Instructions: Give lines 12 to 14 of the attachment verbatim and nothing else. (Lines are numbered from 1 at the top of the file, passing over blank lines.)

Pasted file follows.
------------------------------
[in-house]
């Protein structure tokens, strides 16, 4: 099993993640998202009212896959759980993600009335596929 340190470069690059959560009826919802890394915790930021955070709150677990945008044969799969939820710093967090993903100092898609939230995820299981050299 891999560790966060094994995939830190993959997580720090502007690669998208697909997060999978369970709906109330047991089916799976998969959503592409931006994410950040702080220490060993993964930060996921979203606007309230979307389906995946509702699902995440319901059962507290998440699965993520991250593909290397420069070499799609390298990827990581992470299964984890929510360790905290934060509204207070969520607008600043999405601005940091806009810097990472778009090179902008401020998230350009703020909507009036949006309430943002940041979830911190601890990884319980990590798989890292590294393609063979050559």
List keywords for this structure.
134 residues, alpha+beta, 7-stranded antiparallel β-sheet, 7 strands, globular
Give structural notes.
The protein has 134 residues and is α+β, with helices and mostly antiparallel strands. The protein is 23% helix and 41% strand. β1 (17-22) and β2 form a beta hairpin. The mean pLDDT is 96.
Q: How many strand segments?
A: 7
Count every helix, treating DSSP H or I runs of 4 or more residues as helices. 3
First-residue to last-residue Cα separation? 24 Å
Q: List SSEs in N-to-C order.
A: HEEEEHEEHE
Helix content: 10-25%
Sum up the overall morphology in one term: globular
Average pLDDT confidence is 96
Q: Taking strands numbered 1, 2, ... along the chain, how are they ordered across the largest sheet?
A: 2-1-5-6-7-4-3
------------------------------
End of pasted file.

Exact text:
A: HEEEEHEEHE
Helix content: 10-25%
Sum up the overall morphology in one term: globular